The much awaited January unemployment report is released and from the headlines, one would think this is great. It's not.
The reason is the U.S. lost another 20,000 jobs. The employment-population ratio rose from 58.2 to 58.4 percent. This means while the ratio of the employed to unemployed improved, it is in part because there are more people added to the general population who are not being counted in the potential workforce or inversely, a decrease in the overall civilian workforce, which causes the ratio to increase.
Below are the total non-farm payrolls. The first is the raw numbers and the second is in percent change from the previous months report. In nonfarm payrolls one can see the real job losses that are still occurring this recession.
The revisions are another reason this not so great news.
The total nonfarm employment level for March 2009 was revised downward by 902,000 (930,000 on a seasonally adjusted basis), or 0.7 percent. The previously published level for December 2009 was revised downward 1,390,000
The revision on the increases in job losses means the U.S. lost 8.4 million jobs in this recession, when previously it was reported to be about 7.2 million (officially).
U6, the broader definition of unemployment, dropped to 16.5% from 17.3%. The long term unemployed is now 6.3 million.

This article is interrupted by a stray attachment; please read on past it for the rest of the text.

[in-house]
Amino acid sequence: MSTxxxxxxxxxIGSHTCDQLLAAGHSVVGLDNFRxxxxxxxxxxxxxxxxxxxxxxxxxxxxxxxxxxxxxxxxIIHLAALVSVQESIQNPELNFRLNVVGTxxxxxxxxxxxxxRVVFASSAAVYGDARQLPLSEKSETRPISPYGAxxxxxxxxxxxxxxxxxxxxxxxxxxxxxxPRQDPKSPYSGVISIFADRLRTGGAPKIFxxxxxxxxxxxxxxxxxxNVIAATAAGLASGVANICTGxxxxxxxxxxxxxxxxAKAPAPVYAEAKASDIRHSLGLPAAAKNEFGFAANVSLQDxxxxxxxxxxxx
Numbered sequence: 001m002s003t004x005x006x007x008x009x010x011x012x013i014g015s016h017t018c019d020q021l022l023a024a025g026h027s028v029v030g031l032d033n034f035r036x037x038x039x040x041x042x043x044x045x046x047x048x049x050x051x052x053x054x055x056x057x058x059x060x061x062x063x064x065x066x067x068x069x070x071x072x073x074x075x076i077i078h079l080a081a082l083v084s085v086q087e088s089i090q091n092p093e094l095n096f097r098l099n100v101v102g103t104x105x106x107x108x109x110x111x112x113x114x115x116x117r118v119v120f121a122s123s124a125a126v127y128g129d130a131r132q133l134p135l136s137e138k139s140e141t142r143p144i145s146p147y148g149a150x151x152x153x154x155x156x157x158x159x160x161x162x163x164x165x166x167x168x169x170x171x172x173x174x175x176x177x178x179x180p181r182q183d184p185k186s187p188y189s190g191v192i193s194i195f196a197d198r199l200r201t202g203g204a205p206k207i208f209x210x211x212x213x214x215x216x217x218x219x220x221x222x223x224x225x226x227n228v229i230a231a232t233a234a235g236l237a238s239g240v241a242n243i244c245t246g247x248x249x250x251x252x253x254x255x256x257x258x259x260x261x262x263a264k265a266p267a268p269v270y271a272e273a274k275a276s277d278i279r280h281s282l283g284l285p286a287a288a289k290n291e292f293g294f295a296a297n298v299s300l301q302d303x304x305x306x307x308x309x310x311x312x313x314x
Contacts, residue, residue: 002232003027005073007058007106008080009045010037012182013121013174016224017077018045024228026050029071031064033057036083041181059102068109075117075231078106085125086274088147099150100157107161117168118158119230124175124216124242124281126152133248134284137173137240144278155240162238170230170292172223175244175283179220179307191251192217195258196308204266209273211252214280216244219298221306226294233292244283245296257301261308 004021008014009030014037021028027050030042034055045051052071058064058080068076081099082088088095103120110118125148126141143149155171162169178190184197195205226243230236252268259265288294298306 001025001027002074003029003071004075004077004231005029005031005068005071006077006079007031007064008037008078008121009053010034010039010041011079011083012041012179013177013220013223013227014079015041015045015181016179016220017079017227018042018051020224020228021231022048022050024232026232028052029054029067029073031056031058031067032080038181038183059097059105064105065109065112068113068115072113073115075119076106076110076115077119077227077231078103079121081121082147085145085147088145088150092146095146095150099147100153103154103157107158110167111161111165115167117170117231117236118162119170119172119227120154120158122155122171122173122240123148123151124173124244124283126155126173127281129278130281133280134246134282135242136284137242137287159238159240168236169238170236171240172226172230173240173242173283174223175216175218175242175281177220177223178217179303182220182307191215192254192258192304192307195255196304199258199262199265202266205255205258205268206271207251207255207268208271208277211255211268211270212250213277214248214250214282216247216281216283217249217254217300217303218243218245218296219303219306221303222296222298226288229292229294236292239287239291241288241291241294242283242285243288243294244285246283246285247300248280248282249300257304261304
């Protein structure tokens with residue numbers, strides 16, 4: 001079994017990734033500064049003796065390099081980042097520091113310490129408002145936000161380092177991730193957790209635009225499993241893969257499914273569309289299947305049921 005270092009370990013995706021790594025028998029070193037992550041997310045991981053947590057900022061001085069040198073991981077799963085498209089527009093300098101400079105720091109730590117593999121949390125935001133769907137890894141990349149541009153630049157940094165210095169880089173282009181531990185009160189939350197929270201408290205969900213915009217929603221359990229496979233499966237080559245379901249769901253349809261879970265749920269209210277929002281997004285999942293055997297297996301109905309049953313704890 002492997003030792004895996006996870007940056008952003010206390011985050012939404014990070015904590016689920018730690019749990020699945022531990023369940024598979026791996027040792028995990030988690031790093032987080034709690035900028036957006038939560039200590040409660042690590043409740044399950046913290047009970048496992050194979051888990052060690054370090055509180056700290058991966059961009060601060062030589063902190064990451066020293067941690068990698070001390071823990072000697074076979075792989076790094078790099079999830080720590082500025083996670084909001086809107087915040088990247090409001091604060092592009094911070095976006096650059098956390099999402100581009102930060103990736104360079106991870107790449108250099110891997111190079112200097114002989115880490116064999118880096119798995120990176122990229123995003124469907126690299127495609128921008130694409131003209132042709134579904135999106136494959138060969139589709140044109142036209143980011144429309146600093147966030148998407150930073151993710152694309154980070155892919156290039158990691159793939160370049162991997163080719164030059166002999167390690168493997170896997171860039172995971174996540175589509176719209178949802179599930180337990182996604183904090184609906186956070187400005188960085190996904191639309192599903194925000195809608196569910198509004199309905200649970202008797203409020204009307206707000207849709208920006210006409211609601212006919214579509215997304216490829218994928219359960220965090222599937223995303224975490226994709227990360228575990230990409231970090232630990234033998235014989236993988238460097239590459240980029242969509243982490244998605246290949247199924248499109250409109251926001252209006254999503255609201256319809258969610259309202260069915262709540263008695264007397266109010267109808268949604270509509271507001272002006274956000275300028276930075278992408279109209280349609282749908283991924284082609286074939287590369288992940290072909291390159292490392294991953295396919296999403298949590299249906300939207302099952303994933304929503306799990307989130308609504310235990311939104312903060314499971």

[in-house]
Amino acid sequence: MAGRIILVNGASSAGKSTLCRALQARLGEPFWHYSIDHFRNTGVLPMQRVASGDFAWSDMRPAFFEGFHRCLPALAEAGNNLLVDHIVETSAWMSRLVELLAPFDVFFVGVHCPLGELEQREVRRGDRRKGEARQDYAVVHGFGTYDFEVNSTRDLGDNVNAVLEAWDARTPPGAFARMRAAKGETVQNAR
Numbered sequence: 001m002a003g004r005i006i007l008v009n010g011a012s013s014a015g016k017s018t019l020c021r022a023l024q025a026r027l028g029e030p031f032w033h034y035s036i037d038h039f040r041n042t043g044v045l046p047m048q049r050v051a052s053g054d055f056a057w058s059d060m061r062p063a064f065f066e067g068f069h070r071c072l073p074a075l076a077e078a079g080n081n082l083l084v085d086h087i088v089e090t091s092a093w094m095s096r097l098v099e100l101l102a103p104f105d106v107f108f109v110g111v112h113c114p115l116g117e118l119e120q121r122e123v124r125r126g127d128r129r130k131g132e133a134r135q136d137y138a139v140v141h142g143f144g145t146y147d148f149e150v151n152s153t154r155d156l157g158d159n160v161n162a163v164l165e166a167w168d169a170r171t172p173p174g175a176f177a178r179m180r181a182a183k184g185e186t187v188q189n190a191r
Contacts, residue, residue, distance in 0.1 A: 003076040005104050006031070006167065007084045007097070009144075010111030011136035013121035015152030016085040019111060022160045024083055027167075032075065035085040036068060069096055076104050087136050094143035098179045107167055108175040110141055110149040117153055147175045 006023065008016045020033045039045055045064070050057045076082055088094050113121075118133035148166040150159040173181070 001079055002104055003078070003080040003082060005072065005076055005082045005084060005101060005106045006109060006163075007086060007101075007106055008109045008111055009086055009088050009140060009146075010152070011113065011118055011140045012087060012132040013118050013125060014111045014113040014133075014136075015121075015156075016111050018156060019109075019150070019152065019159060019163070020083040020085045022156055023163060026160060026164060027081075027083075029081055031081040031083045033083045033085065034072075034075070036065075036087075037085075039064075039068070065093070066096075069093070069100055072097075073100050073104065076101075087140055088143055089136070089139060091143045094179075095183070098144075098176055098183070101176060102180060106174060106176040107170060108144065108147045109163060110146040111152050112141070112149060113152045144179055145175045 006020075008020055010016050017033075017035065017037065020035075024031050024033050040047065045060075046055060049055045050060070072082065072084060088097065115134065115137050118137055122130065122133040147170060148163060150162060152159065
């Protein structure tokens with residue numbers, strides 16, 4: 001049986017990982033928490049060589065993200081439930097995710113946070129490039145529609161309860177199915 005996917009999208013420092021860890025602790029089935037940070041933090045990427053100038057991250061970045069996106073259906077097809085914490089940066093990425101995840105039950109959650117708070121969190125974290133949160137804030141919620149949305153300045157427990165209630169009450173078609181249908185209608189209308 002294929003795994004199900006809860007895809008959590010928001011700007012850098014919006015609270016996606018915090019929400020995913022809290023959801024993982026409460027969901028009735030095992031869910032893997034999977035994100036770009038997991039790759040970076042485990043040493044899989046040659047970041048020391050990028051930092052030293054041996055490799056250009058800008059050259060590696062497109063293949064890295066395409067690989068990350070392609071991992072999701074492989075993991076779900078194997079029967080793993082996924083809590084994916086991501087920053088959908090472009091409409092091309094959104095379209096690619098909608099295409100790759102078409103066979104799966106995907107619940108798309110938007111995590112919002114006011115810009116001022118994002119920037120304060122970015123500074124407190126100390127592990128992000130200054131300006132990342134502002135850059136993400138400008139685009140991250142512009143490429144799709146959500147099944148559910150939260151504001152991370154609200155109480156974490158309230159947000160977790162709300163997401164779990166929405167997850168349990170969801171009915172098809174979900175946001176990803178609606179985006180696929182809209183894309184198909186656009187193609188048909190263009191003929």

The civilian participation rate is at 64.7%. Yet the civilian non-institutional population decreased slightly (this is not seasonally adjusted).
Those not in the labor force rose 409,000 and is now 2.5 million.
There are a host of revisions to data generally, going back to year 2000, but when both unemployment and employment decrease, there is something not quite right with this picture. To that end, let's look at something I never do, not seasonally adjusted non-farm payrolls.
The reason to look at this is because while the official unemployment rate went down, the not seasonally adjusted unemployment rate skyrocketed, to 10.6% from last months 9.7%.
Again, there are a host of adjustments to examine as to how one can have a decrease in the official unemployment rate yet continue to lose jobs, but the above is highly suspect for statistical strangeness. More on plotting seasonally adjust versus not in another post.